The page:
Flora Goforth (Elizabeth Taylor), known as Sissy, is a reclusive millionairess who lives on an island off the coast of Italy where she is dictating her memoirs, or that's the idea at any rate as she is ailing from a terminal illness. She refuses to admit she's beaten even though she has closed herself off from the world, and she has her chief of security, Rudi (Michael Dunn), set guard dogs and machine gun fire on anyone who arrives uninvited, but today there is someone who is set on meeting with her. He is Christopher Flanders (Richard Burton), and he has been getting himself a reputation - not only as a poet, but as a man who heralds death...
Elizabeth Taylor had already enjoyed considerable success in two film adaptations of Tennessee Williams plays during the fifties, and the writer's works enjoyed an artistic cachet that made them popular, so why not make it a third with this, taken by Williams himself from his own "The Milk Train Doesn't Stop Anymore"? Well, one good reason was that this play had been an outright disaster on the stage - twice - so expecting Taylor and her then-husband Richard Burton to lift its critical standing was asking too much, especially as after Who's Afraid of Virginia Woolf? they were more successful at appearing in the pages of the gossip mags than at any acting endeavours together.
So it was that once Boom was released, the reaction was damning, with terrible reviews across the board and worse for the filmmakers, hardly anybody was interested in paying money to see it, leaving it stranded as part of a too-long line of Taylor-Burton movies that only fans of outright camp would champion as entertaining. Certainly that's the audience who appreciate this film today, and Taylor's explosive line readings are the source of much hilarity - not to mention her extraordinary headgear - but actually she's more shrill than anything else, raising the odd titter with one bellowed item of dialogue after another, though oddly appropriate for such a brittle character as the one she portrays.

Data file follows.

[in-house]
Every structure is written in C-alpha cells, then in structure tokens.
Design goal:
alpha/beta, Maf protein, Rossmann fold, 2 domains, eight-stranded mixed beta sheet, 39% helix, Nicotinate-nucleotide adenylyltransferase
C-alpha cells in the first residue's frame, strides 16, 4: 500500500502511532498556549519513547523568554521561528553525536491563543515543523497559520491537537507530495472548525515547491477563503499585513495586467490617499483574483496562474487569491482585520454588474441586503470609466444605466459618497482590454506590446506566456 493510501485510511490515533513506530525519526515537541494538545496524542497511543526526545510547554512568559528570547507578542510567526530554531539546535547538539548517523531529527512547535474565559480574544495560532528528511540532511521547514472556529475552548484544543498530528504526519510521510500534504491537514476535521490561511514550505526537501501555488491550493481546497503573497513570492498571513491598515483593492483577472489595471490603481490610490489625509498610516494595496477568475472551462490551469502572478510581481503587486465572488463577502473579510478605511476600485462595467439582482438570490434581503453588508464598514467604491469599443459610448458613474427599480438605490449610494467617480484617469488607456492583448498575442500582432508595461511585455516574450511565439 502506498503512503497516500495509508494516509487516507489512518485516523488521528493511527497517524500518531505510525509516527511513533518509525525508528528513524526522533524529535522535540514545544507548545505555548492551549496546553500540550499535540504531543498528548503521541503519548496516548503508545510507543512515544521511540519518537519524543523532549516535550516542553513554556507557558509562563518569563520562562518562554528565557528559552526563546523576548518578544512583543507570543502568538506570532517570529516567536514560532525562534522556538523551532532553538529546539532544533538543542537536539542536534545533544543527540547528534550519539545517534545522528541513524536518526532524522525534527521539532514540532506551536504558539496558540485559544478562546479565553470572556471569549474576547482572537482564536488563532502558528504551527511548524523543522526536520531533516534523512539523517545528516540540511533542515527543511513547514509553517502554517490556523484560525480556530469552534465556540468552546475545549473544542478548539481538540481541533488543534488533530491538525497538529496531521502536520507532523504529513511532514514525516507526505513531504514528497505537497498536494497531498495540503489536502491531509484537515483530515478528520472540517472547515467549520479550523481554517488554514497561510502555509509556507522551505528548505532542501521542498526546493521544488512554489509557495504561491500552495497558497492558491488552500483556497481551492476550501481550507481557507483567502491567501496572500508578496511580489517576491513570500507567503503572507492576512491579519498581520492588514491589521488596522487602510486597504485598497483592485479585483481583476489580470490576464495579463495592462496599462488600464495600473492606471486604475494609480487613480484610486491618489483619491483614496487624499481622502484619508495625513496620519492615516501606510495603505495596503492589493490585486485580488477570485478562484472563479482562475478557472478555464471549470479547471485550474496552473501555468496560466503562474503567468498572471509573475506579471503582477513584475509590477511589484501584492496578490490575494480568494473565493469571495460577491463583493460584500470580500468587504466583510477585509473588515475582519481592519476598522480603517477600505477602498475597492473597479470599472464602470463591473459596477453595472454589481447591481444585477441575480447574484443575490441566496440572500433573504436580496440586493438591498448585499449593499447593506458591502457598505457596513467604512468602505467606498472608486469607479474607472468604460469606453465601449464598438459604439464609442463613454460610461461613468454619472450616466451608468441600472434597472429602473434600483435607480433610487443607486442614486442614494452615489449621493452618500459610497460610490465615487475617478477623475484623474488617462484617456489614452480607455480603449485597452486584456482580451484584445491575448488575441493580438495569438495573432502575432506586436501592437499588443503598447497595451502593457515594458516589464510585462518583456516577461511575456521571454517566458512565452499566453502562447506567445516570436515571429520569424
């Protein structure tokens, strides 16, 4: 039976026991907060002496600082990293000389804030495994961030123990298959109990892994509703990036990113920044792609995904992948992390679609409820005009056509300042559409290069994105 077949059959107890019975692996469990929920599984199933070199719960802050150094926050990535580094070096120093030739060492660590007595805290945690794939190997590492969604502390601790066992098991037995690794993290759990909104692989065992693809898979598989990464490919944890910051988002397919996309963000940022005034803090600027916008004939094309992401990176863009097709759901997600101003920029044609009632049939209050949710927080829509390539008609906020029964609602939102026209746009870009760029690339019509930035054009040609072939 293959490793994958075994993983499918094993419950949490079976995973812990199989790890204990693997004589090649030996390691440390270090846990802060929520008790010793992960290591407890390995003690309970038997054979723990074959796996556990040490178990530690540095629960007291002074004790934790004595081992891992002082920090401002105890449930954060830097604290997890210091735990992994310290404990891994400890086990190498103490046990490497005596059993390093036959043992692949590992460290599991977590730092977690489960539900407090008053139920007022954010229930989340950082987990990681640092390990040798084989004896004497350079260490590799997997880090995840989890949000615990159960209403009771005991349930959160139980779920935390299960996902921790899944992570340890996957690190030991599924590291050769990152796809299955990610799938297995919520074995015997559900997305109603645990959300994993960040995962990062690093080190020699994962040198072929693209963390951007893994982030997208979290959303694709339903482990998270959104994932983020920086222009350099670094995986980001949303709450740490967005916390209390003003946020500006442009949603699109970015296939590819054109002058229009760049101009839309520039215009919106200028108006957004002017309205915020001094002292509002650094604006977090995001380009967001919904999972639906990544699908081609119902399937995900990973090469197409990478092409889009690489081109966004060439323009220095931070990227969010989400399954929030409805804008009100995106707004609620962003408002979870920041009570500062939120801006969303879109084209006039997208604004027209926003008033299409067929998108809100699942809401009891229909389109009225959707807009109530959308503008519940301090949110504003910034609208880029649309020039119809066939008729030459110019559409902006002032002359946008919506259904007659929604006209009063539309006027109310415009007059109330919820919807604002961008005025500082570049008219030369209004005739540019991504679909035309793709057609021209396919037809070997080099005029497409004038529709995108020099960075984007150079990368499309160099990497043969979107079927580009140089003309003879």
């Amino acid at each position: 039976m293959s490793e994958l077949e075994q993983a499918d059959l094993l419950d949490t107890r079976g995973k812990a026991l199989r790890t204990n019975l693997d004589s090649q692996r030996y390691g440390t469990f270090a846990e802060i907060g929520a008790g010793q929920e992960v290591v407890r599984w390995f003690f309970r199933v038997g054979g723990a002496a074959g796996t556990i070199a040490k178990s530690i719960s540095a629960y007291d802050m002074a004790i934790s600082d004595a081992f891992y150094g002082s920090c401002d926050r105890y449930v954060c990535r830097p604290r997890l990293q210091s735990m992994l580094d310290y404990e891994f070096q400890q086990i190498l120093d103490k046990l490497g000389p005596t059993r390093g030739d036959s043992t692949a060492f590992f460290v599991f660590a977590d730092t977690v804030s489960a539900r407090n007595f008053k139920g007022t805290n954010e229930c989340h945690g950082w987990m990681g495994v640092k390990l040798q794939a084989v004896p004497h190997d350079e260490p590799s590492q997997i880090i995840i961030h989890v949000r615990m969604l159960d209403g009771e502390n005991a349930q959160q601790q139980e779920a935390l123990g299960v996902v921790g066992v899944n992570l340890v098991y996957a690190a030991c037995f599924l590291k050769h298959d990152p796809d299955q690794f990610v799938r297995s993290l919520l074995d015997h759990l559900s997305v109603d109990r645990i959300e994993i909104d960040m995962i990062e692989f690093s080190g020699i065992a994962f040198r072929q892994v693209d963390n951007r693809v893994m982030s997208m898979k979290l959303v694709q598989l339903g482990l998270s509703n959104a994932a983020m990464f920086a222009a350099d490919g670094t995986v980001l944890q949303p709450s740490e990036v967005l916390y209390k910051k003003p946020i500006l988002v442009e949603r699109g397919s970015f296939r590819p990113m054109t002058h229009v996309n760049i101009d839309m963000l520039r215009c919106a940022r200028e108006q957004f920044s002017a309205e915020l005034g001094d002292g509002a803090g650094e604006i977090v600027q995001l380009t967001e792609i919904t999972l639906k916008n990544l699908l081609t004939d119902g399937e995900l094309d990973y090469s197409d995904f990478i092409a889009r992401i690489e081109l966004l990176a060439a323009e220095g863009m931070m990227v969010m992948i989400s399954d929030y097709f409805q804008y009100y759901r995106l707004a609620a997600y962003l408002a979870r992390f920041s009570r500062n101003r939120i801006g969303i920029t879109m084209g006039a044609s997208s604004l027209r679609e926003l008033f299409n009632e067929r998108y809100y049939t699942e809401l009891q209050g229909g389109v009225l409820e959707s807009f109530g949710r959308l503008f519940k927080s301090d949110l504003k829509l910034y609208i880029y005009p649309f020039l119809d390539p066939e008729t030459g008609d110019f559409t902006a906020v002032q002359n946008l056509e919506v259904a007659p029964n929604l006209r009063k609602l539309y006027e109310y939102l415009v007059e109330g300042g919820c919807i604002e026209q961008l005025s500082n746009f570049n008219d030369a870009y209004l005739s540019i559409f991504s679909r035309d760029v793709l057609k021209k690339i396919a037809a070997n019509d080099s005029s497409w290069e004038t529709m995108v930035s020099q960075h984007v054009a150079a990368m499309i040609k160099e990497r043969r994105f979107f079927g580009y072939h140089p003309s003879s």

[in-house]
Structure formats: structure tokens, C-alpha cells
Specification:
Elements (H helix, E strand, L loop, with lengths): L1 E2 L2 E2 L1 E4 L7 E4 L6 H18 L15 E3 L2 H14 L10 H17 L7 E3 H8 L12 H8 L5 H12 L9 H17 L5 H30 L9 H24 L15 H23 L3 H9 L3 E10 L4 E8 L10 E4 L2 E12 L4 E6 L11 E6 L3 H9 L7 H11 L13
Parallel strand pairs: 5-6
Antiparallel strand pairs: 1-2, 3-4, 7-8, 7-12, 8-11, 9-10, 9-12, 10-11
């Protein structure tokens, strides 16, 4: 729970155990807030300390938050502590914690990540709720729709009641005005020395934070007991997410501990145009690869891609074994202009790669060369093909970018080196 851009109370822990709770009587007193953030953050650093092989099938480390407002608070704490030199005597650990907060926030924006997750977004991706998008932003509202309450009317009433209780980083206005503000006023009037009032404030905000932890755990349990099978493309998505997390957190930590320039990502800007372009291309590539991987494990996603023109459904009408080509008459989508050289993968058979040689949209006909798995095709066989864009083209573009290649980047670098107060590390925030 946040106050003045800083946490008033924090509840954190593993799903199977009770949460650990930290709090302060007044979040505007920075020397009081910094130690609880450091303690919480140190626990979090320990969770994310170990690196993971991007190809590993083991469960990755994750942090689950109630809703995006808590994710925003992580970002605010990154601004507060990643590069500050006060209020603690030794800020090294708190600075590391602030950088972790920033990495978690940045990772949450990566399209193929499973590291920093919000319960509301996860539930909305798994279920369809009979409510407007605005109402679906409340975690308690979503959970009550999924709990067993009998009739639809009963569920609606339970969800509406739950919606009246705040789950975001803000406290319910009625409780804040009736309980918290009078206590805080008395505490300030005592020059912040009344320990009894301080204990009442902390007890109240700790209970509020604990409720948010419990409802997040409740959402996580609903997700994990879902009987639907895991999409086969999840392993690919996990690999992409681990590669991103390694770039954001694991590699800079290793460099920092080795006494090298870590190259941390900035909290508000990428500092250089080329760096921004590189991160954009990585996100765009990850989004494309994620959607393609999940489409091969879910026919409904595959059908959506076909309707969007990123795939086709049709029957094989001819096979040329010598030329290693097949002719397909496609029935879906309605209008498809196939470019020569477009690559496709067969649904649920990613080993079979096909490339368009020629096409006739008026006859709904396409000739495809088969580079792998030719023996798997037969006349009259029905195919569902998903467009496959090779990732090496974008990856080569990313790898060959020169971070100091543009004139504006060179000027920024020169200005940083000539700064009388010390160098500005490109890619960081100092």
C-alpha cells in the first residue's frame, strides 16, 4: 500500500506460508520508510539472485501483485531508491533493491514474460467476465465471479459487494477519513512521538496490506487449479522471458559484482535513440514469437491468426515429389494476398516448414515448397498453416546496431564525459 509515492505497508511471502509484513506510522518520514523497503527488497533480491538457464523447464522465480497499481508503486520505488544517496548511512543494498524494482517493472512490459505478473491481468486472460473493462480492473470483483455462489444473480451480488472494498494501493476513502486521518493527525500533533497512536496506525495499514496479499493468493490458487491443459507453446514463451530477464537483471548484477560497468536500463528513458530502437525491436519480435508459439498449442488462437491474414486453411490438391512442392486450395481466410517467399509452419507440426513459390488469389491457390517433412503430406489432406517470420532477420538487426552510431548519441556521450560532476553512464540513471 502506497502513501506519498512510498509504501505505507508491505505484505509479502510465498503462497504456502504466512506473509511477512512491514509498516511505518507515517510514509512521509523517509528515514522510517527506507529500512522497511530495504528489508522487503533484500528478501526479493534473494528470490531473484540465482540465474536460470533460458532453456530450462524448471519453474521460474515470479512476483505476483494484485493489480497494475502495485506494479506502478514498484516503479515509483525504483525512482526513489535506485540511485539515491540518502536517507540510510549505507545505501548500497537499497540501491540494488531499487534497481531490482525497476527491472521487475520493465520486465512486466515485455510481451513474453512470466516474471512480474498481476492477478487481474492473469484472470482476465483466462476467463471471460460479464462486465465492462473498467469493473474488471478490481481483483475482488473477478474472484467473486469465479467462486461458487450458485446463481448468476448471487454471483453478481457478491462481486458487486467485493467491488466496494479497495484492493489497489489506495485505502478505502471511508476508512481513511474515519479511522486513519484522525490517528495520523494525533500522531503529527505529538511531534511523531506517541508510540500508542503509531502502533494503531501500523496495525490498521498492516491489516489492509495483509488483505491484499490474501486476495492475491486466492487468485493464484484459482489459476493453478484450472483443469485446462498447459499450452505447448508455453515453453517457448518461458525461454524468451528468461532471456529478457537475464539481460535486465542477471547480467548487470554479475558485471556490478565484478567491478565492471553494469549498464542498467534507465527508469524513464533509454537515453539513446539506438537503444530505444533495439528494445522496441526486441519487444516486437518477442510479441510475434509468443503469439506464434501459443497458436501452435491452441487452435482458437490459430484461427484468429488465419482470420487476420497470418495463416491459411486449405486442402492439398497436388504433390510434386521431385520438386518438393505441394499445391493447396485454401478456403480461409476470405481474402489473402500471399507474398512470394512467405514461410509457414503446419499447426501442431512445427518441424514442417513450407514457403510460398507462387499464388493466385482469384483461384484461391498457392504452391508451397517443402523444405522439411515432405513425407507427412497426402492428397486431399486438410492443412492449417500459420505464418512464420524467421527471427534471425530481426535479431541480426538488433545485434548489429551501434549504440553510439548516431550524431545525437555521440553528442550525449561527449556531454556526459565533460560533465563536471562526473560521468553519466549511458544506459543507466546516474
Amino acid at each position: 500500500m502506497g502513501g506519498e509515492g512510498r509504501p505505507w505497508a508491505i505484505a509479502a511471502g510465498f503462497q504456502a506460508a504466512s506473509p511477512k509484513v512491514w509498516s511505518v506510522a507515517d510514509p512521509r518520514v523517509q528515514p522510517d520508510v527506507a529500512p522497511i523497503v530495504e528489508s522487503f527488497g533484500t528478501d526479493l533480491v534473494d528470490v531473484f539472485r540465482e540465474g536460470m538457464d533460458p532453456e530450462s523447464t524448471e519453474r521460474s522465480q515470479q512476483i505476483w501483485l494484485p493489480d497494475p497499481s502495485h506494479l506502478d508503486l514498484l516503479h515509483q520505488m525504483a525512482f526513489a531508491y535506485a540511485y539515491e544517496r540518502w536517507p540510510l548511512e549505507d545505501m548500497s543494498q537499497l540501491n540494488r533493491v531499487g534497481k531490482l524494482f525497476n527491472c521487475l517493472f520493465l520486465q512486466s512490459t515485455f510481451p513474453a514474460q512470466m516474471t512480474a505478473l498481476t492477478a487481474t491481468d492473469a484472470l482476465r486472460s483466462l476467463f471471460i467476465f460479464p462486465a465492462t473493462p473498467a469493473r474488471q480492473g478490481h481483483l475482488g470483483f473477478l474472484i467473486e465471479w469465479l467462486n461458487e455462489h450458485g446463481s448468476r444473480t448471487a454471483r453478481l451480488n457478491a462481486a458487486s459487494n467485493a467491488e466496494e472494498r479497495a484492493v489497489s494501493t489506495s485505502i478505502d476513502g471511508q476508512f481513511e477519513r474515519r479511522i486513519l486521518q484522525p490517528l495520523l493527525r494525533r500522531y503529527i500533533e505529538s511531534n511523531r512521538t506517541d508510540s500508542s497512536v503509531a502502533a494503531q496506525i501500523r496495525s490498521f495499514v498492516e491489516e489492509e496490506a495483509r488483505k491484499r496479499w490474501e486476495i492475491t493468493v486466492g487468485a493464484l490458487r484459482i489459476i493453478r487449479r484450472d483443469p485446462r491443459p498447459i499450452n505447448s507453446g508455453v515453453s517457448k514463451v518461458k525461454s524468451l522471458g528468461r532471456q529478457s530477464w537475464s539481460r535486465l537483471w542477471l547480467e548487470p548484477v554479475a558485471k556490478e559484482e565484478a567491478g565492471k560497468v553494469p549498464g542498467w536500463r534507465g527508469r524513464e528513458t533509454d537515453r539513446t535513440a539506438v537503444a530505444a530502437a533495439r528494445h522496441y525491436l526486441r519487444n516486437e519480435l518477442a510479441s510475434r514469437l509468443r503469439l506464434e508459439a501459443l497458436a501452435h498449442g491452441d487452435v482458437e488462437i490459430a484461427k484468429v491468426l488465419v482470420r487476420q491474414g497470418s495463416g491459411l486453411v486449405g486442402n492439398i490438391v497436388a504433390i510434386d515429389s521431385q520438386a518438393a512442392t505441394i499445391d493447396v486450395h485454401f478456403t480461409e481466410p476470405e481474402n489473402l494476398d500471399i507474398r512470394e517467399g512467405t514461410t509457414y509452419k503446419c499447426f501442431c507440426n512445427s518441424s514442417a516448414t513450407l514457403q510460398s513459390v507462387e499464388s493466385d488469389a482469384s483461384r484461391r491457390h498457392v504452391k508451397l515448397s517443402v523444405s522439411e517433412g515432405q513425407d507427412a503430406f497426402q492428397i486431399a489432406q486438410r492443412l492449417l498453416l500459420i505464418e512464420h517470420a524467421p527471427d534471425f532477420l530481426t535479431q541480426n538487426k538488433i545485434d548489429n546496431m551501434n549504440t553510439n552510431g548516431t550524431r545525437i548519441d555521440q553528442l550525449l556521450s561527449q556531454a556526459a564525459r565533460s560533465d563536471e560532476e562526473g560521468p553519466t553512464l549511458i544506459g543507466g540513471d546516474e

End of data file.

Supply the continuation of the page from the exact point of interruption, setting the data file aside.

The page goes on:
As for her husband, Burton seemed happy enough to be there and imparting his speeches, and he does get quite a few, with a gravitas only his rich Welsh tones could lend them. When he starts reciting "In Xanadu did Kubla Khan..." only to be cut off with a mighty "WHAAAT?" from Sissy it is either ridiculous or a shame that we didn't get to hear him speak the rest of it without interruption. Yet the truth is that he was really too old for the role of what should have been a toyboy, and indeed if he and Taylor had swapped roles then the result might have been more believable, even if that famed figure of her's was starting to look somewhat dumpy as she headed towards her forties.
It's not only those two stars who hog the limelight in this, as none other than Noel Coward showed up as well as the so-called Witch of Capri, firing off his lines with the dry delivery of snapping twigs as he alerts Sissy to the fact that Flanders has a habit of turning up at the homes of wealthy women and waiting with them until they die. Of course, it takes frequent fits of coughing up blood for Taylor to convince us that she's playing someone at death's door, and even then she displays such force of personality and Burton such listlessness that you half expect him to be the one who will pass away at the end. Boom has been accused by many of pretension, and you can see why as Williams appeared to have lost his touch, not to mention director Joseph Losey hitting one of his downward spirals too, mistaking bombast for profundity being the most blatant of their errors, but for star fanciers this does exert a hold on the attention, and isn't as boring as its reputation, if you can call that a recommendation. Music by John Barry.
Cerebral, at times pretentious, American director, from the theatre. His American career (The Boy with Green Hair, a remake of M, The Prowler) was short-lived due to the Hollywood anti-Communist blacklist, and Losey escaped to Britain.